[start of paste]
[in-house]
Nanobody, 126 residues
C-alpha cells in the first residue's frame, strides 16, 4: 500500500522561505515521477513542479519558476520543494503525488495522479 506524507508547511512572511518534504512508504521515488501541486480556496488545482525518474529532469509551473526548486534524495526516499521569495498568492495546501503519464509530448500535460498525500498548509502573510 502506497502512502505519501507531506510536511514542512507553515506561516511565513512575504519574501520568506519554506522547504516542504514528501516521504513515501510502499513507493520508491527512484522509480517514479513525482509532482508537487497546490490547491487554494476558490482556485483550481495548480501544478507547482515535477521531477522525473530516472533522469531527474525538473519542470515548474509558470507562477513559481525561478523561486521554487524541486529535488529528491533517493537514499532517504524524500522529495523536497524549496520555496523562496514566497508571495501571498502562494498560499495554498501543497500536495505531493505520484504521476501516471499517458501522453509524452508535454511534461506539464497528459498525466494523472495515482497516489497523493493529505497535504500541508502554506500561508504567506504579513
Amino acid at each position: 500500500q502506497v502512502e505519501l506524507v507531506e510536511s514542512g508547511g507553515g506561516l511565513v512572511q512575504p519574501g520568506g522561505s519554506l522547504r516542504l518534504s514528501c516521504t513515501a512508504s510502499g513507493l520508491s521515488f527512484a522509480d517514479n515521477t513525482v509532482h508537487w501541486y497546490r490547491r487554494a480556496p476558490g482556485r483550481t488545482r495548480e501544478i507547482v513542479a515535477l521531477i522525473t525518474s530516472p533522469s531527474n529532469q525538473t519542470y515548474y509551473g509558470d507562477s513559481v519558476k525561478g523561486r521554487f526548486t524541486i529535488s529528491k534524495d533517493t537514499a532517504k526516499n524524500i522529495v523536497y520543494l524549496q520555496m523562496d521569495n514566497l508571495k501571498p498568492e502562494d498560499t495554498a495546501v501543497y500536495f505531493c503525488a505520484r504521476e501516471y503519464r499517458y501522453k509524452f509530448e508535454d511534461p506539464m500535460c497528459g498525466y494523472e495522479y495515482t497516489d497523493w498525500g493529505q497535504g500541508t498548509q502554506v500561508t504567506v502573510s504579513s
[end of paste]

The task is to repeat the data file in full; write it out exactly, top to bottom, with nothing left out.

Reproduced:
[in-house]
Nanobody, 126 residues
C-alpha cells in the first residue's frame, strides 16, 4: 500500500522561505515521477513542479519558476520543494503525488495522479 506524507508547511512572511518534504512508504521515488501541486480556496488545482525518474529532469509551473526548486534524495526516499521569495498568492495546501503519464509530448500535460498525500498548509502573510 502506497502512502505519501507531506510536511514542512507553515506561516511565513512575504519574501520568506519554506522547504516542504514528501516521504513515501510502499513507493520508491527512484522509480517514479513525482509532482508537487497546490490547491487554494476558490482556485483550481495548480501544478507547482515535477521531477522525473530516472533522469531527474525538473519542470515548474509558470507562477513559481525561478523561486521554487524541486529535488529528491533517493537514499532517504524524500522529495523536497524549496520555496523562496514566497508571495501571498502562494498560499495554498501543497500536495505531493505520484504521476501516471499517458501522453509524452508535454511534461506539464497528459498525466494523472495515482497516489497523493493529505497535504500541508502554506500561508504567506504579513
Amino acid at each position: 500500500q502506497v502512502e505519501l506524507v507531506e510536511s514542512g508547511g507553515g506561516l511565513v512572511q512575504p519574501g520568506g522561505s519554506l522547504r516542504l518534504s514528501c516521504t513515501a512508504s510502499g513507493l520508491s521515488f527512484a522509480d517514479n515521477t513525482v509532482h508537487w501541486y497546490r490547491r487554494a480556496p476558490g482556485r483550481t488545482r495548480e501544478i507547482v513542479a515535477l521531477i522525473t525518474s530516472p533522469s531527474n529532469q525538473t519542470y515548474y509551473g509558470d507562477s513559481v519558476k525561478g523561486r521554487f526548486t524541486i529535488s529528491k534524495d533517493t537514499a532517504k526516499n524524500i522529495v523536497y520543494l524549496q520555496m523562496d521569495n514566497l508571495k501571498p498568492e502562494d498560499t495554498a495546501v501543497y500536495f505531493c503525488a505520484r504521476e501516471y503519464r499517458y501522453k509524452f509530448e508535454d511534461p506539464m500535460c497528459g498525466y494523472e495522479y495515482t497516489d497523493w498525500g493529505q497535504g500541508t498548509q502554506v500561508t504567506v502573510s504579513s